3. What's great about roasting your own is that you can take advantage of all of the wonderful colors of peppers available in the markets these days. There's nothing more beautiful than a platter of red, yellow and orange peppers, roasted and sliced, drizzled with olive oil and black pepper and sprinkled with fresh herbs from the garden.

  4. That is such a good idea. I have always roasted mine under the broiler (I also have a jar in the fridge for those I don't have time for this days) But the grill is always hot way after I am done with the food. So I think I'll "plan" to have extra peppers when I grill out from now on. Does anyone know how long they last in the fridge grilled? Not that there will be any leftovers. . . Thanks.

  5. Cool cooking style. I never tried cooking grilling pepper before. I bet the sweetness and smell of the pepper would be attracting. Thanks!

  6. Lulu, I laughed when you admitted (publicly) that you don't like cooked red peppers. My across-the-street neighbor Brooke hates bell peppers raw or cooked, and her husband loves them. So, you're not the only one.

    Pam, soooooo much easier than roasting whole peppers.

    Lydia, while I was experimenting I made a salad very similar to what you're describing, just delish.

    Sherrie, I think they would keep at least a week in the fridge.

    M&M Sound, they do smell great while they're roasting.

  7. One more reason to get an outdoor grill! Fabulous tutorial, Kalyn. Those roasted peppers look delicious.

  8. Roasted red peppers are among my favorite vegetables. In the winter time I make them on my gas stove. It makes the house smell delicious!

  9. thanks for the primer. i 'll try it your way next time. lovely pics.

  10. Yeah, when they're whole they don't always want to sit just the way you want them to. Cutting them in fourths is brill!
    You rock, Kalyn. And you're always grilling this time of year... Perfect.

  11. grilled peppers are probably my favorite food...or really close. they're so amazing! we always add spices, I'll post for sure when peppers are in season.

  12. Roasted red peppers are one of my favorites things! Unfortunately I will have to stick with the broiler method for the time being though.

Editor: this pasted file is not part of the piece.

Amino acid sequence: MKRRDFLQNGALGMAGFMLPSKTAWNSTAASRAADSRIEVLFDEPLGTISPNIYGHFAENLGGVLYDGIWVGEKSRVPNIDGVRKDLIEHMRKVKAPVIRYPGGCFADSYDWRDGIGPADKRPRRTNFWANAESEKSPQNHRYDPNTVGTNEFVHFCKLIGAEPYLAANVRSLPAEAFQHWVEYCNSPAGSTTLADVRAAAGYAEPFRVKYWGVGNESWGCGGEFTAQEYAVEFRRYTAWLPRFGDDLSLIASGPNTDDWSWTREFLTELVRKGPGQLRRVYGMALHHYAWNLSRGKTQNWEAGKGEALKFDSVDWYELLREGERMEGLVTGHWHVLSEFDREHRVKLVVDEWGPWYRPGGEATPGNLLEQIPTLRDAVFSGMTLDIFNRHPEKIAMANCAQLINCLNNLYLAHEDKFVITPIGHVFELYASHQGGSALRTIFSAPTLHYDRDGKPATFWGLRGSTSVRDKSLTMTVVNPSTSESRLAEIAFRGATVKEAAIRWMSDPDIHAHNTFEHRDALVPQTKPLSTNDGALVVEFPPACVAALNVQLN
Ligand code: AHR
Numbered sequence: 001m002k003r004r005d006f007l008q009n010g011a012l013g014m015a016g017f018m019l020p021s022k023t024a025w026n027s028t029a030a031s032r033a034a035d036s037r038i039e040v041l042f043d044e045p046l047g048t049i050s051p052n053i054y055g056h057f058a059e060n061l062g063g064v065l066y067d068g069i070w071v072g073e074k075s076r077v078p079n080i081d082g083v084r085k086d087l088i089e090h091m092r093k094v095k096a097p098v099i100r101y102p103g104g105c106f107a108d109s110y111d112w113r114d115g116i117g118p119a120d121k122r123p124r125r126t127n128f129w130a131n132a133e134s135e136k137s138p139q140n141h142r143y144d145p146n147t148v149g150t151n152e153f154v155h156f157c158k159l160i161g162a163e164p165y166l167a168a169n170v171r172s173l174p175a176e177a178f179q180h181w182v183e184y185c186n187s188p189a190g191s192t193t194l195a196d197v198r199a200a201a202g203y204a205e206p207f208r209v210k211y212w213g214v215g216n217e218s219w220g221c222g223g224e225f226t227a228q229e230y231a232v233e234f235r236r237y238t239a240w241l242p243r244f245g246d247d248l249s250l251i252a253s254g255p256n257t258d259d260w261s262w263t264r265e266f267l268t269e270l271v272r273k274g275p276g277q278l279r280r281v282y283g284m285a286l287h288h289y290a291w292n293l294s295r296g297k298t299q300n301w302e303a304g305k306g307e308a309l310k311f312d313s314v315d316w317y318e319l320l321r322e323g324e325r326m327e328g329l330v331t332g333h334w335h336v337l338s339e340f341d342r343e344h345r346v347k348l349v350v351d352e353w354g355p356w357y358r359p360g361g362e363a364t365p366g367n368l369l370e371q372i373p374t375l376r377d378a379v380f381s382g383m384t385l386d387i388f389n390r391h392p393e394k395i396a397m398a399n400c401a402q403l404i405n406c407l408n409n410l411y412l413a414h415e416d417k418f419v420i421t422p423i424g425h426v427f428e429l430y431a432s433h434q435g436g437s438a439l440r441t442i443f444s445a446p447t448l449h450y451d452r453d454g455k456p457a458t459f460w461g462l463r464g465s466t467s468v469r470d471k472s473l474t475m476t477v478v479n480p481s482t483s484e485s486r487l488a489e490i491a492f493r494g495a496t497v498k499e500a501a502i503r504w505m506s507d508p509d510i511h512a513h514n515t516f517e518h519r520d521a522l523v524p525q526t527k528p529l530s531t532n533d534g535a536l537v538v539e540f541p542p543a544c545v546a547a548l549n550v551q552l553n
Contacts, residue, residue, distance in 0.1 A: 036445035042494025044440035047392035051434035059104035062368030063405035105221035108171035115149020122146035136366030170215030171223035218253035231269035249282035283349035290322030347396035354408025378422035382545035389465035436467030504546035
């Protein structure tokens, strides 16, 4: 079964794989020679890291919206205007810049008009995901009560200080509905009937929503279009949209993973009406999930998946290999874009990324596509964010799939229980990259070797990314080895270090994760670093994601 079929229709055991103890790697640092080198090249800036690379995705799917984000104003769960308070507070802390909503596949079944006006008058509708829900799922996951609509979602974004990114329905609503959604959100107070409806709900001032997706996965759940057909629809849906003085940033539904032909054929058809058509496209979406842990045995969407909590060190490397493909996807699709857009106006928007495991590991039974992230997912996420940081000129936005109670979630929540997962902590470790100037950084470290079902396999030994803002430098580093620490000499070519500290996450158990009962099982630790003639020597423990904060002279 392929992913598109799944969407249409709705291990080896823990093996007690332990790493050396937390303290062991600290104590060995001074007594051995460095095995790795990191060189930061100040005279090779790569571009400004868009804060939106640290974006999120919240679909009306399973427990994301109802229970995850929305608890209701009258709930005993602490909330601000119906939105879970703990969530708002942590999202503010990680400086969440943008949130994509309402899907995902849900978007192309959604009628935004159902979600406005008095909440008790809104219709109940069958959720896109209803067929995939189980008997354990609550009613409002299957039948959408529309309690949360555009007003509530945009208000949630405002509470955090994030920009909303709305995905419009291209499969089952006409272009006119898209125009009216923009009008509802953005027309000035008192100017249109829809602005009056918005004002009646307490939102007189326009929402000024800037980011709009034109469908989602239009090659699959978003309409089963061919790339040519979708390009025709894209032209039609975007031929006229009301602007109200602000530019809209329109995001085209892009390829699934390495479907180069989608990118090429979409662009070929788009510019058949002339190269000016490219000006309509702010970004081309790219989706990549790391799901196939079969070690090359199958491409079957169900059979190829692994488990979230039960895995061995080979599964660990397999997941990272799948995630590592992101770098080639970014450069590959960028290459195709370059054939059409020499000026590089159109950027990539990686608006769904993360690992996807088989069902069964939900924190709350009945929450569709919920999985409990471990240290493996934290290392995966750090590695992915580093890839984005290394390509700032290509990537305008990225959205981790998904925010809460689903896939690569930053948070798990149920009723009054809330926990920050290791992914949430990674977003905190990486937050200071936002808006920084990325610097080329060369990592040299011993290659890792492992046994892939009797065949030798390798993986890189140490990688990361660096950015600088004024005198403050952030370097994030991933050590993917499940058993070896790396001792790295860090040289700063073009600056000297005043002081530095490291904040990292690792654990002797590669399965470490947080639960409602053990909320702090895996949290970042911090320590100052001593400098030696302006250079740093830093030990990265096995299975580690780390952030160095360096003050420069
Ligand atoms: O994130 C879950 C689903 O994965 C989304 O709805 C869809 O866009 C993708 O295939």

13. What a great idea! I always do mine on the gas burner of my stove, and they usually end up making a mess.

  14. I love roasted bell peppers.
    I usually roast them whole but I think I'll try your way. It seems much easier.
    Yes, I'm going to BlogHer. I look forward to seeing you there.

  15. I love all roasted peppers, but I prefer to roast my own whenever possible. Nice post, Kalyn.

    Thanks for sharing!


  16. wow those look gorgeous, lemme try this weekend :) thanks for the idea!

  17. Yeah, I think this was way below your skill level. Nice to share with others though, that's always a good thing.

    You, need to look in to cold smoking. It not that tough and smoking your own peppers, onions and such things sends goodness to a completely different level. Even years later, I've never had better chipotle peppers than my own.

    MmMmmMM, cold smoking.


  18. Karina, thanks. So much easier than I thought it would be.

    Christine, I'm imagining that smell!

    Bee, thanks.

    CC, just that little change made a big difference for me. (You rock too!)

    Cheryl, will watch for it.

    Kevin, broiler will work too, no problem!

    Pam, I haven't tried that, but this was really easy.

    Chigiy, can't wait to meet you!

    Lynne and Mochachocolat rita, you're welcome.

    Biggles, yes, but if it was so easy why did it take me so long to try it. Smoked peppers sounds awesome. Maybe when I'm retired (soon!) I will look into getting a smoker.

  19. I love roasting my own peppers! I've been getting adventurous lately and roasting a variety of peppers like cubanelles, poblanos, hungarians....they are great with everything!

  20. We don't have a barbecue, but we do have a gas stove. First we put down some aluminium foil around the gas burner so it doesn't get messy, then we put a metal cake rack over the burner which we use flat out. We put the bell pepper straight over the flame on the cake rack and rotate the pepper as it chars, which is usually pretty even. Our cake rack is large enough to extend over two burners, so we can do two peppers at a time. Curses to Biggles and his smoker, I'm drooling!

  21. Aggie, I have some poblanos coming in my garden; can't wait to roast them.

    Neil, your method sounds very ingenious. I agree, Biggles is always tempting me to get new things!

  22. I eat roasted peppers with the peel on, is that a problem? I suppose they taste good both ways :)

  23. Hillary, not a problem at all. I eat them raw all the time with the peel on too.

  24. I dunno. You grilled fruit yet? I did it years ago, but saw someone, somewhere, grilling halves of grapefruit. Will be going that direction, very soon.

    Don't wait for retirement!


  25. OH, forgot to mention a smoker is easier than a grill!


  26. Biggles, I'm doing a huge project on the outside of my house this fall (siding, eaves, rain gutters, porch, steps, sidewalks, new covered patio, new deck, etc.) and probably a lot more money than I'm thinking, so a smoker is definitely not in the budget this year. But I am retiring NEXT YEAR. Oh, sorry to yell, but I am a little excited about it.